Sunday, 15 April 2007

Information Architecture and Topic Maps

Umm... things aren't as straightforward as I'd initially imagined. On investigating what's required for heterogeneous databases I've discovered that there's a whole world of stuff out there that I know little or nothing about: facets, synonym rings, and controlled vocabularies to name but a few. In fact this world has a name: Information Architecture and even its own bible, the legendary Polar Bear Book. Hidden amongst all this lies the mysterious field of Topic Maps. From my initial skimming of the available resources and documentation on the subject, it sounds as if these may be exactly what I’m after.

I describe Topic Maps as being mysterious for two reasons: Firstly, after an initial flurry of activity in the area at the turn of the century, it appears as if things have now gone a bit quiet. The Topic Maps standard, ISO/IEC 13250 and the related XML Topic Maps (XTM), were last published in 2002 and 2001 respectively. The only book I could find on the subject, XML Topic Maps, was also published in 2002. Additionally, many of the main published links on the subject no longer exist. The second reason that Topic Maps are a bit mysterious is the fact that the vast majority of the research, and companies working in the area, seems to be concentrated in Europe – America seems to be ignoring their existence; either Europe is at the cutting edge of this technology, or something equivalent must exist that’s being used in America and I haven’t discovered it yet! (RDF and OWL perhaps?).

Topic Maps – The Basics

In Topic Maps nearly everything is represented as a standalone entity - a topic, and relationships can be created between these topics. For example, if we wished to describe a book, we could create separate topics for the name of the author, the title of the book, the publisher of the book, etc. and other topics to describe the relationships between these topics – for example, that this book was written by the author. This makes it possible to create relationships for practically anything and therefore it’s also possible to create a relational database that can be used to represent anything, which is exactly what I’m after. In addition, new topics and relationships can be added as more information is known about a subject.

In the next post I’ll hopefully describe how a topic map database can be created and how a range of different subjects can be stored. For anyone who can’t wait till then, some useful Topic Map information can be found at the following links:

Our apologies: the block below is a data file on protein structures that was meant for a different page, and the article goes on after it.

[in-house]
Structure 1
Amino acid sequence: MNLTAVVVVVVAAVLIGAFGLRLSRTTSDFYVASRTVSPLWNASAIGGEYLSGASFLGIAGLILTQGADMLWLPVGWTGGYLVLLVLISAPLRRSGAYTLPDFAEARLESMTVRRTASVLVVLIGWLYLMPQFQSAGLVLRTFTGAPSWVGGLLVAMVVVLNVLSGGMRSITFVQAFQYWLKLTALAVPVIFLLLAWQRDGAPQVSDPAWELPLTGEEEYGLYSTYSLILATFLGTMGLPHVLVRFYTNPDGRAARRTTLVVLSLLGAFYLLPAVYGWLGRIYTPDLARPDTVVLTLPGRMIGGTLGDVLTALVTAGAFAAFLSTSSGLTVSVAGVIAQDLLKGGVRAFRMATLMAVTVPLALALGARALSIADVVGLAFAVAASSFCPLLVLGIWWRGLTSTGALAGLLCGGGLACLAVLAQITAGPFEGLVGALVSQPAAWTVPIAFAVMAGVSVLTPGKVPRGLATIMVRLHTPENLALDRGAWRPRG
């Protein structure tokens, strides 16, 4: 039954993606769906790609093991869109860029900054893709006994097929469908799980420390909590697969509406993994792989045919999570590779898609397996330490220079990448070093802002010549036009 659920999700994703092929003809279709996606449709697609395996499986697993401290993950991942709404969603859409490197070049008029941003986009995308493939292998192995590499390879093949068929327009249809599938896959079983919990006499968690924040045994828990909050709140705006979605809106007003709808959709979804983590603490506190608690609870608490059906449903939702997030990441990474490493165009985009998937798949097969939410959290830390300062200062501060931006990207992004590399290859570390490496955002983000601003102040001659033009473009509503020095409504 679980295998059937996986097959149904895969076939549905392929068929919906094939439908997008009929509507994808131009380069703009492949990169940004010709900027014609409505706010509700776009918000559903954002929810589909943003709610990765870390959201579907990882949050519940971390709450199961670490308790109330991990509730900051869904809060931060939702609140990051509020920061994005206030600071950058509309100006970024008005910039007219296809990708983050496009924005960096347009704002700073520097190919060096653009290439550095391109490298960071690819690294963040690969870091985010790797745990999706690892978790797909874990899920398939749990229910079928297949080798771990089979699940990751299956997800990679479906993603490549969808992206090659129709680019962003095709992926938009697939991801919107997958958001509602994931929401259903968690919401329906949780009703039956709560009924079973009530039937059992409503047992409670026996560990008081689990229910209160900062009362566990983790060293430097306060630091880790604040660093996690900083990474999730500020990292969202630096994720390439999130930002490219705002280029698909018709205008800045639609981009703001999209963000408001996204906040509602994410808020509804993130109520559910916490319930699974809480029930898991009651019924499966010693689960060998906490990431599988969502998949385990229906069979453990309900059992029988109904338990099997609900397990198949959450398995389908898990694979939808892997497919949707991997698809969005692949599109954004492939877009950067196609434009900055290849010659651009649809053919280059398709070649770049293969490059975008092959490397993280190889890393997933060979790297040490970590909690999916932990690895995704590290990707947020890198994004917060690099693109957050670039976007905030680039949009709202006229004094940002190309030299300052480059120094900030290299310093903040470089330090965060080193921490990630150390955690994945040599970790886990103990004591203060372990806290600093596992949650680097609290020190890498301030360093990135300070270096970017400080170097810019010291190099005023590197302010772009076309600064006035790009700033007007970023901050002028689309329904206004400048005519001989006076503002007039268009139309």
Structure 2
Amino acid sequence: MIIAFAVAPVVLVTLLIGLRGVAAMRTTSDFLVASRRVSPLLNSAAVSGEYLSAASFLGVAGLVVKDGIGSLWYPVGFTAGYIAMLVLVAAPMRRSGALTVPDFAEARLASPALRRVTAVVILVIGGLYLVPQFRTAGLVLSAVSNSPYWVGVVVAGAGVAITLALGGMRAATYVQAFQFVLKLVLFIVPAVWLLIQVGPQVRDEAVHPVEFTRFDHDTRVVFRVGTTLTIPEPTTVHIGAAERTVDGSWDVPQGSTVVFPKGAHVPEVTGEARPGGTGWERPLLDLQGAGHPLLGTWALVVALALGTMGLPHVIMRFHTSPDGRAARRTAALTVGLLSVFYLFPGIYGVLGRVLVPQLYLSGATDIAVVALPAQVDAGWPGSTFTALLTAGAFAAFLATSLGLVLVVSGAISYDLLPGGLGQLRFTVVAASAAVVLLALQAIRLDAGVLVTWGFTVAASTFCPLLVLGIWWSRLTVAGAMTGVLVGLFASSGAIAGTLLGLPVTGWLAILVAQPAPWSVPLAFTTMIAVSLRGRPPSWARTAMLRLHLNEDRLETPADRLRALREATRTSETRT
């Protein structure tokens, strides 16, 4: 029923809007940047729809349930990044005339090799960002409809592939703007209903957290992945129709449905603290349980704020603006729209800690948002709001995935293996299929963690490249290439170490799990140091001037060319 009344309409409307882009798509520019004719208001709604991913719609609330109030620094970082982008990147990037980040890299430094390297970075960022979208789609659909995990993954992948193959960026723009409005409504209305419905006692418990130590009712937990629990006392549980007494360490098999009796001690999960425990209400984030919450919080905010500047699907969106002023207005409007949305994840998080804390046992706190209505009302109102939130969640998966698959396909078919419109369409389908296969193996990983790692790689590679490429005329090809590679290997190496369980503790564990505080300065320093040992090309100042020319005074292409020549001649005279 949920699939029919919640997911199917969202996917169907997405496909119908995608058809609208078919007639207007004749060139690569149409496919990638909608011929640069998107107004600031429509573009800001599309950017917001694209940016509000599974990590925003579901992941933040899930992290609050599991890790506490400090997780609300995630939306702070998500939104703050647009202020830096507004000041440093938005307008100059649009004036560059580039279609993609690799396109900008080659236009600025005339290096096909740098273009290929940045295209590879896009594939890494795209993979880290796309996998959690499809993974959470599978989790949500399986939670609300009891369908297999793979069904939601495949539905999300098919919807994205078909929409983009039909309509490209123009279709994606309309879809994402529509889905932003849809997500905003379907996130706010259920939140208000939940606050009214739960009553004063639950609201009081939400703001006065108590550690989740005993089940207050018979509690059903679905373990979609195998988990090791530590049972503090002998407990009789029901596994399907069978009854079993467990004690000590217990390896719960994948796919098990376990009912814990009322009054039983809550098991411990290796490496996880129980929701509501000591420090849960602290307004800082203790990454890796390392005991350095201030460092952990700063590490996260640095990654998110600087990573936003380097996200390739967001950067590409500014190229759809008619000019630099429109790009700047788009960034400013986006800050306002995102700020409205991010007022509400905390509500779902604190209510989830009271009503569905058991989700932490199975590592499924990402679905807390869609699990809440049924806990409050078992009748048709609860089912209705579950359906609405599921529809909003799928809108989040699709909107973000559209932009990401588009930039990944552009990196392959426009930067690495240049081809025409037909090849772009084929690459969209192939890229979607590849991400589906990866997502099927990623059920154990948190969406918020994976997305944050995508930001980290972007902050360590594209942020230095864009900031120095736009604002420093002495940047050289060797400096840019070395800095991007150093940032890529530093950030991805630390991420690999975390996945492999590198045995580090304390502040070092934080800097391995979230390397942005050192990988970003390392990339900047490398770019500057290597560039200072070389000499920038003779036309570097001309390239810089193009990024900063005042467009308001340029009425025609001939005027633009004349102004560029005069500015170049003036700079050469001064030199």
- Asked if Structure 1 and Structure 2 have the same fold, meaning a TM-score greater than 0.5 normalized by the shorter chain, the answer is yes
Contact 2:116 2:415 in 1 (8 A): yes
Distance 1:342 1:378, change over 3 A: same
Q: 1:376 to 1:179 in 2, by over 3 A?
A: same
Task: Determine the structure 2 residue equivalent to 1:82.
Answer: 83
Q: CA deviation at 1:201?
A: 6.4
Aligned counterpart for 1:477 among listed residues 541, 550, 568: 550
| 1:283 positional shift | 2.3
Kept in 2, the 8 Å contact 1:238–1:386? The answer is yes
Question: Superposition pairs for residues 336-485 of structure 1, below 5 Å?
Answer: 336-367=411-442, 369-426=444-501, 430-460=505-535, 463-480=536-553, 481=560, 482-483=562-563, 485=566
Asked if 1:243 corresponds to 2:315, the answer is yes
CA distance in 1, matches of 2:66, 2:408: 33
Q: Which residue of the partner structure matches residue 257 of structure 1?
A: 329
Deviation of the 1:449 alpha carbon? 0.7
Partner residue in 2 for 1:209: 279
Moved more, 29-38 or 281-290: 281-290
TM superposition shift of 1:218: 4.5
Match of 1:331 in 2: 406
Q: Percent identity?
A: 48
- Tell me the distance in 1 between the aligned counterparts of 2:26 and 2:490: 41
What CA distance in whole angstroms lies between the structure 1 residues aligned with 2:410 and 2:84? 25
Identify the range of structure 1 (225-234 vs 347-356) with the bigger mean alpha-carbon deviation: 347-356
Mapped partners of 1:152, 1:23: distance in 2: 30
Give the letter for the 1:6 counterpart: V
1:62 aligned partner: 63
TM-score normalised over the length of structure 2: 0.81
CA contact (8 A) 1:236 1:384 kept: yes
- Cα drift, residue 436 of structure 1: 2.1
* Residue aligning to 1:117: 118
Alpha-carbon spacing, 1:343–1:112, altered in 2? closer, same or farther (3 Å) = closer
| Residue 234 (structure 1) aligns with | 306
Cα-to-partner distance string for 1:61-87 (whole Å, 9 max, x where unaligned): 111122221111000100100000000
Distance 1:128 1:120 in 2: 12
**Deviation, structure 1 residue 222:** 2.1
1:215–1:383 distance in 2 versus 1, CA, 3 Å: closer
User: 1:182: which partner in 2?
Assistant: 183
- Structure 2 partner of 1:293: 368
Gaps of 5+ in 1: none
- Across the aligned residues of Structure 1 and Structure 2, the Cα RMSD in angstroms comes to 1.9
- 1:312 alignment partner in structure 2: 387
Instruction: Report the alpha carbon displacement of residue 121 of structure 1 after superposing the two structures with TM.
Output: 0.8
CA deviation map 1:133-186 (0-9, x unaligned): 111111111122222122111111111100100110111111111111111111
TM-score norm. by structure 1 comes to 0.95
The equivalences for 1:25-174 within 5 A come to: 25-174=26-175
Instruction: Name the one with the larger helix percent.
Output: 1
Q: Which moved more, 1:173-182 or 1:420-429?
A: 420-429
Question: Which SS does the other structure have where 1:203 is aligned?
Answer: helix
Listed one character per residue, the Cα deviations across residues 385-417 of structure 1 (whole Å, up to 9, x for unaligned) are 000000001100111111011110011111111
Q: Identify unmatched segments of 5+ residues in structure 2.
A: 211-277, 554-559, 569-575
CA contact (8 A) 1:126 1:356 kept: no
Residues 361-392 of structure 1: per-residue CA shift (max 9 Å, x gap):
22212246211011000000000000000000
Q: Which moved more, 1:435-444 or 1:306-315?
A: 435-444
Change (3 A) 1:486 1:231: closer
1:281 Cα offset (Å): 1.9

"Metadata? Thesauri? Taxonomies? Topic Maps!"

Topic Maps and Relational Databases


Lars Marius Garshol said...

I wonder where this idea comes from, that Topic Maps went quiet after 2002 or thereabouts. In fact, that's when things started happening. We got our own conferences (the Topic Maps User Conference, TMRA, AToMS, etc), real projects started happening, etc etc.

There is loads of material out there, but it does seem like people aren't finding it, or are drawing the wrong conclusions from it.

What do you think we can do to avoid this?

Steve said...

Hi Lars, I think my impression of there being a lack of recent activity with Topic Maps was formed by an inability to find much in the way of up to date information on the subject. When Googling for information on Topic Maps a lot of the links were either broken or pointed to information from the period between 1999-2002. Similarly, a search on Amazon for Topic Map books returned only a couple of hits, and all for older titles. Even now, performing a google search for Topic Maps returns a first page of search items that, in general, don’t refer to recent work on the subject. The only site that does look up to date,, has inactive links for major subject areas, such as Tools, Publications and Web Sites.

I thought, from my limited study of Topic Maps, that they sounded like a very flexible way of storing, representing and associating data. I’m sure that people are using them and that they are progressing. Unfortunately I found it hard to find sufficient, recent, information on the subject and, additionally, couldn’t find free tools in the languages I was after (C#).

I don’t know if other people have had similar problems finding Topic Map information, but certainly for me, what would have helped would have been a web site with up to date information and active links.